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How faith redeems the random.
The heap of life’s trials isn’t backdropped by an impersonal force but by a loving face.
Life can seem incredibly random sometimes. Events seem to be thrown at us with reckless abandon. And no, I don’t mean to get all metaphysical, here — but there are certain moments in our lives that don’t seem to fit into any so-called order or prescription. Those are the ones that often jolt us the most. The unexpected scenarios. The surprising dilemmas. The jarring junctures. The coffee-tumblers-that-spill-all-over-the-driveway type of mornings. (Is that too specific?) In the apparent randomness of life, our faith is often tested the most since it’s during those times that any belief that such erraticism is still within God’s divine ordination is quite strained. That notion can feel like a far-off hope or a “half-remembered dream,” to imbibe Christopher Nolan’s Inception.
Faith during the disordered days, though, is downstream of a certain doggedness in the what and the how of God’s self-revelation, a.k.a. the Bible. As I see it, there’s only one thing that allows us to get by or get through those times — namely, the promise that the perplexities of life aren’t unfamiliar to the God who is with us. This, I think, is what nineteenth-century churchman Alexander Maclaren was getting in the following excerpt:
Life is not a heap of unconnected incidents, like a number of links flung down on the ground, but the links are a chain, and the chain has a staple. It is not a law without a law-giver that shapes men’s lives. It is not a blind, impersonal chance that presides over it. Why, these very meteors that astronomers expect in autumn to be flying and flashing through the sky in apparent wild disorder, all obey law. Our lives, in like manner, are embodied thoughts of God’s, in as far as the incidents which befall them are concerned. We may mar, we may fight against, may contradict the presiding divine purpose; but yet, behind the wild dance of flashing and transitory lights that go careering all over the sky, there guides, not an impersonal Power, but a living, loving Will. (15:2.220–21)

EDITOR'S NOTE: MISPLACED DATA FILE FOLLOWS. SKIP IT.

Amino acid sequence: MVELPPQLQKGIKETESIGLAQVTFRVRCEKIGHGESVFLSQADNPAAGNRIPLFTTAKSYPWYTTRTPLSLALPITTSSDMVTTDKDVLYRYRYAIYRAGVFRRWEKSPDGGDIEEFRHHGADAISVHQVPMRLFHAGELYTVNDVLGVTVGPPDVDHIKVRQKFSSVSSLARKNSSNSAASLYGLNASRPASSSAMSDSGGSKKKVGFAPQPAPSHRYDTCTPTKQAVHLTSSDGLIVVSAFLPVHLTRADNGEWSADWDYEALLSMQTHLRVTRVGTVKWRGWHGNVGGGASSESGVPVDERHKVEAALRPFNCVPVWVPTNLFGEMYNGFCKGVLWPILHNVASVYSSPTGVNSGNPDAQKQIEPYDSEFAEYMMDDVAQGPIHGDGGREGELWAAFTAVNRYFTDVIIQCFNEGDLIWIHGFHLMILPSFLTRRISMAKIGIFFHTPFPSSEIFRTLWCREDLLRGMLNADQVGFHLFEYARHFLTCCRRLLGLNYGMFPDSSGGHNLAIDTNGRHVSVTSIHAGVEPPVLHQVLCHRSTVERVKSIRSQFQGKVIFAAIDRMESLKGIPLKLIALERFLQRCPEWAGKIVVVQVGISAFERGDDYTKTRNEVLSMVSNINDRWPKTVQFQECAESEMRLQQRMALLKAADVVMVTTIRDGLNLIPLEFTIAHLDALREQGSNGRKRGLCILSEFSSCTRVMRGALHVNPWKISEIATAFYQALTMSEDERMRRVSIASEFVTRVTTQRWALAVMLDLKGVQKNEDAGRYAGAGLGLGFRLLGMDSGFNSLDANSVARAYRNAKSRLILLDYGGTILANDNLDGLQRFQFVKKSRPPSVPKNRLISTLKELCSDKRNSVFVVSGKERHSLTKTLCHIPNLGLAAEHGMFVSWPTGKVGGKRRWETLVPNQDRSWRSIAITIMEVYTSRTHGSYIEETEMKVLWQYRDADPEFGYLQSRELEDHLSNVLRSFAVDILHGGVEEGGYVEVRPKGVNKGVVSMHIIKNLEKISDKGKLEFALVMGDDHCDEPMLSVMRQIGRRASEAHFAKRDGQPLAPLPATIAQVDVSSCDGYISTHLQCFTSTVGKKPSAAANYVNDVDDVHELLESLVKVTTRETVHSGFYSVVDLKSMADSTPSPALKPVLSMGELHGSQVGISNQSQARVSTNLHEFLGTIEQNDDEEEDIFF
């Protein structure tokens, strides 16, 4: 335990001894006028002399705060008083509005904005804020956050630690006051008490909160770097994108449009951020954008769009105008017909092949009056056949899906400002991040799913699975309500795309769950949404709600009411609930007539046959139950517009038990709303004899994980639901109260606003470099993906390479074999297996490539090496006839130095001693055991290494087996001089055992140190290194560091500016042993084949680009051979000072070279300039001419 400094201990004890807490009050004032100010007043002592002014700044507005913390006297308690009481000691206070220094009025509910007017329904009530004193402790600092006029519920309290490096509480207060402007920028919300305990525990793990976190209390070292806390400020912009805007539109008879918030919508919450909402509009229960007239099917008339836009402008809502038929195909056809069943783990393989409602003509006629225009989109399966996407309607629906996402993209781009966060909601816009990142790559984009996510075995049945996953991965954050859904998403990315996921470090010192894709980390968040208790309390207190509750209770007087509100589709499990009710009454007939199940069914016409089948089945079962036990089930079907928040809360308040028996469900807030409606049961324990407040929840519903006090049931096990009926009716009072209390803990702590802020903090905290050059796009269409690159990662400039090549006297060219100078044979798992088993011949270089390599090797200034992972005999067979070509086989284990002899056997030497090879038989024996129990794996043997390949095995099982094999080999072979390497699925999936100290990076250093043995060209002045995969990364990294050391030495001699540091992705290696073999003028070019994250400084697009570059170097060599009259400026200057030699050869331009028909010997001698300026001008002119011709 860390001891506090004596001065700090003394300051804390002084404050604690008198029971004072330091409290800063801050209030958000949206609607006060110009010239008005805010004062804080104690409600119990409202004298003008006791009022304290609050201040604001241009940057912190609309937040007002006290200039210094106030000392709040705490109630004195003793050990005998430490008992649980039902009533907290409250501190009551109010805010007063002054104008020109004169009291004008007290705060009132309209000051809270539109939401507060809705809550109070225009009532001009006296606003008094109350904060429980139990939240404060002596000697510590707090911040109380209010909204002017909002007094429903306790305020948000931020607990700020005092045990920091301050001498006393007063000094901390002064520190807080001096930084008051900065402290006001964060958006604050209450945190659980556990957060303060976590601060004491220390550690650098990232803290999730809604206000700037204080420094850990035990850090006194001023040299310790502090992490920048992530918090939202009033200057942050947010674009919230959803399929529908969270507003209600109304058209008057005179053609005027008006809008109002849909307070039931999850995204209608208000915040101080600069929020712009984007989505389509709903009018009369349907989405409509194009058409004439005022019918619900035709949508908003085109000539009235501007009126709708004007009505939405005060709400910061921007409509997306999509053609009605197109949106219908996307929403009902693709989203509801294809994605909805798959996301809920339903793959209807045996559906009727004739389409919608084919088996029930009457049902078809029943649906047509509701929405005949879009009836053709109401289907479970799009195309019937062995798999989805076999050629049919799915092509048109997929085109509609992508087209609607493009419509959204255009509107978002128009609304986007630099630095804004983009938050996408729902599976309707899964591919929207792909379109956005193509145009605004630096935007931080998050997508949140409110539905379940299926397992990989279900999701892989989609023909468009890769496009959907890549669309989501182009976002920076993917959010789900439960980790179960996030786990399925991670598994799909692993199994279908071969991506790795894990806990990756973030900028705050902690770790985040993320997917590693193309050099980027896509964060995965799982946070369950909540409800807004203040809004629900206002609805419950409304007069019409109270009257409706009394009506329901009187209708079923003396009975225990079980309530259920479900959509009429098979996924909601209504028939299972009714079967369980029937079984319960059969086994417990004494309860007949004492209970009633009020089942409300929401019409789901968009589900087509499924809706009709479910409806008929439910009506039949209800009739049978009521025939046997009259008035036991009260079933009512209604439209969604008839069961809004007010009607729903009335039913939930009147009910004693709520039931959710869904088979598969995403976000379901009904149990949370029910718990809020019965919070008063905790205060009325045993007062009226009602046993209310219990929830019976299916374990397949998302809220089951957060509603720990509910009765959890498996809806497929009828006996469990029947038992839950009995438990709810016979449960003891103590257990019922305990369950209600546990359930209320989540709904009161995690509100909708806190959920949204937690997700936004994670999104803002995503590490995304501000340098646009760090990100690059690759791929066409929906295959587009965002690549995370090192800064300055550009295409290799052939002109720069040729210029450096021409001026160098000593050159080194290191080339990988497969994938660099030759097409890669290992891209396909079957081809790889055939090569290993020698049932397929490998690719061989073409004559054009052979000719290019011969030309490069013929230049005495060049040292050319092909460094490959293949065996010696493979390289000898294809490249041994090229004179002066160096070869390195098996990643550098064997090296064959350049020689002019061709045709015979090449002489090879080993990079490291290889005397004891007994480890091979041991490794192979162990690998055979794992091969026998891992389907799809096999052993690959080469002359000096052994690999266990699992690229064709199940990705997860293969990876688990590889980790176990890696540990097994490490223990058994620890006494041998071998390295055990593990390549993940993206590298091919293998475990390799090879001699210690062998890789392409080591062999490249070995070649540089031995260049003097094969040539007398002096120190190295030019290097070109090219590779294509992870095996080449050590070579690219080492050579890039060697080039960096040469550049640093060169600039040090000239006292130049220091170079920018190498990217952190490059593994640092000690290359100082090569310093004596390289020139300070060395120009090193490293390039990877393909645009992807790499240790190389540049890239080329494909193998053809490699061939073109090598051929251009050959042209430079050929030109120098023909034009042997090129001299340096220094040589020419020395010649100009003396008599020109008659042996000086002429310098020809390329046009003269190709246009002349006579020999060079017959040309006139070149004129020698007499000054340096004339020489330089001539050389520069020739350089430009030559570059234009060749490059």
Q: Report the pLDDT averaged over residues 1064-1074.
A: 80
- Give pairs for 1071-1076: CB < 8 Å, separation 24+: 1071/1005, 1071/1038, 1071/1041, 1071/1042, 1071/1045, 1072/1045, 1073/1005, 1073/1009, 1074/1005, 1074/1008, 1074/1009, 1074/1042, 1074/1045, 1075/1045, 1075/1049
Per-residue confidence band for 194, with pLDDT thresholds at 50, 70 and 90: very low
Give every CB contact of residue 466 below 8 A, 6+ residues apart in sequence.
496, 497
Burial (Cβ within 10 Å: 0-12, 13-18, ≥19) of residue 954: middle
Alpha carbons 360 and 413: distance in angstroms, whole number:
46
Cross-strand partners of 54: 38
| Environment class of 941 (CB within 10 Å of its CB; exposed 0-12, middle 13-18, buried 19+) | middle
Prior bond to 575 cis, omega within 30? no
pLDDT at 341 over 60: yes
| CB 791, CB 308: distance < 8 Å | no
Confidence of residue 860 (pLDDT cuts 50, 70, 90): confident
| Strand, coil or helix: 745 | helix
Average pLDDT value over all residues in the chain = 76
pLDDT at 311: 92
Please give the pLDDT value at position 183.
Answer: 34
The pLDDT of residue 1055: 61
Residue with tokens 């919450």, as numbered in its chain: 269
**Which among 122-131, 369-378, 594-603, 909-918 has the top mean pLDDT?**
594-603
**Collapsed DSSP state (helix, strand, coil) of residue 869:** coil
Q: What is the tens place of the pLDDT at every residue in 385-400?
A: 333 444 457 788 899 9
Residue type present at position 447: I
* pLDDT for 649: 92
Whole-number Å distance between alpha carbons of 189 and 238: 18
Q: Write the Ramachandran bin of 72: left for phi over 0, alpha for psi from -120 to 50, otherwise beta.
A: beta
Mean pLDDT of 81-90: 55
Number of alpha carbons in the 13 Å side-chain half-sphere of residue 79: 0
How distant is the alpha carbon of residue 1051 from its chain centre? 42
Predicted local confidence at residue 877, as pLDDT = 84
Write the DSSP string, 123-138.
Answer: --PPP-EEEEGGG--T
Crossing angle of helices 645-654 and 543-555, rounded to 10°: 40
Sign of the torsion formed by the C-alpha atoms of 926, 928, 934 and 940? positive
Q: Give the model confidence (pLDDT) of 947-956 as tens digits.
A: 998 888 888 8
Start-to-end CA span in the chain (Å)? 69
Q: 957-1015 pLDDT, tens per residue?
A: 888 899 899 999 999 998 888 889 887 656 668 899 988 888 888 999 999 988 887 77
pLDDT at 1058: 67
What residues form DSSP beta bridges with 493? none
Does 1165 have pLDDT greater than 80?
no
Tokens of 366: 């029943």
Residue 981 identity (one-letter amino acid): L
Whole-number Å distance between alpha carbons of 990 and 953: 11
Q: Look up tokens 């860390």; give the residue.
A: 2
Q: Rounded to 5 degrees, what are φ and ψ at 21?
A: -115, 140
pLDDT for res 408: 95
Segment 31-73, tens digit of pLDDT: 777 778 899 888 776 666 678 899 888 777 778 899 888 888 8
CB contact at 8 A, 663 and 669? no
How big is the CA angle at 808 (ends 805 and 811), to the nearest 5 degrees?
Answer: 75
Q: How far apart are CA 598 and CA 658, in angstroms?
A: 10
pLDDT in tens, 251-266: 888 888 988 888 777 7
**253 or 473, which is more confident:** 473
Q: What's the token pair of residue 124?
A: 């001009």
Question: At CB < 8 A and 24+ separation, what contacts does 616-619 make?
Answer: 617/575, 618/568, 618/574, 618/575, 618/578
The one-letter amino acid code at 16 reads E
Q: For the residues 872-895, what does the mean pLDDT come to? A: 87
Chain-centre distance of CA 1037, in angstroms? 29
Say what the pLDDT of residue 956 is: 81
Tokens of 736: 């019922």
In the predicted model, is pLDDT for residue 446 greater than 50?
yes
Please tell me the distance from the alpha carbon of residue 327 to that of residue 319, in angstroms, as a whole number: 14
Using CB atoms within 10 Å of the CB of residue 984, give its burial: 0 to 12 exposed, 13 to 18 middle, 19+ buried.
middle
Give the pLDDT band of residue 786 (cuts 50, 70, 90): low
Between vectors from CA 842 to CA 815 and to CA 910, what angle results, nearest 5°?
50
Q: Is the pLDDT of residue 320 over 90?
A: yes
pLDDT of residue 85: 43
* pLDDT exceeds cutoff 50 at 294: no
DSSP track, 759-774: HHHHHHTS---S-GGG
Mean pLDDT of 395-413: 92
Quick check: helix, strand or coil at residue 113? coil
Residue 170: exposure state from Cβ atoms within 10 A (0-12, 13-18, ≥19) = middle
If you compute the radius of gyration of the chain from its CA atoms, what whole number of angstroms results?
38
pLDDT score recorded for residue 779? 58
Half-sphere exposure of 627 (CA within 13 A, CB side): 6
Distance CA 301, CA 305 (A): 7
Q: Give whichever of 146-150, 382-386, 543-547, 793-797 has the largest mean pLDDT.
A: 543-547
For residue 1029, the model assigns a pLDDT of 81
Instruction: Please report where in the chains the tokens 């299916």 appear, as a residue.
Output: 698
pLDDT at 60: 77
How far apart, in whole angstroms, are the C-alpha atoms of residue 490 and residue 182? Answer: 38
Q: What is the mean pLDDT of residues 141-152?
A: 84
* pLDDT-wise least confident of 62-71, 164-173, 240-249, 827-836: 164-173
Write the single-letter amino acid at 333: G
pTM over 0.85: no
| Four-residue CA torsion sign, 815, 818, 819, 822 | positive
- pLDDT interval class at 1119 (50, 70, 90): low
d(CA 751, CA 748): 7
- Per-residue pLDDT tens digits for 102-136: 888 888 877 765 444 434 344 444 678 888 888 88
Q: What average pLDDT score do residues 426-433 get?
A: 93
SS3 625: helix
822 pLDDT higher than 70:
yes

There’s a lot going on in this excerpt from Rev. Maclaren, to be sure. But what stands out to me is his stubborn — read: faithful — insistence that behind the heap of life’s trials isn’t backdropped by an impersonal force. No, behind it all there is a loving face. It is the bruised and battered face of the one who embraced the intensest crucible of suffering in order that dead sinners could be resurrected. It is the face of Love Incarnate. The randomness, then, though piercingly discombobulating, isn’t ultimately unruly. There is one who rules, there is one who redeems, and there is one who can put all the jagged pieces of our lives back together again. He’s the God of it all and in it all. And he’s right there with us, all along the way.
Grace and peace.
Alexander Maclaren, Expositions of Holy Scripture, Vols. 1–17 (Grand Rapids, MI: Eerdmans, 1944).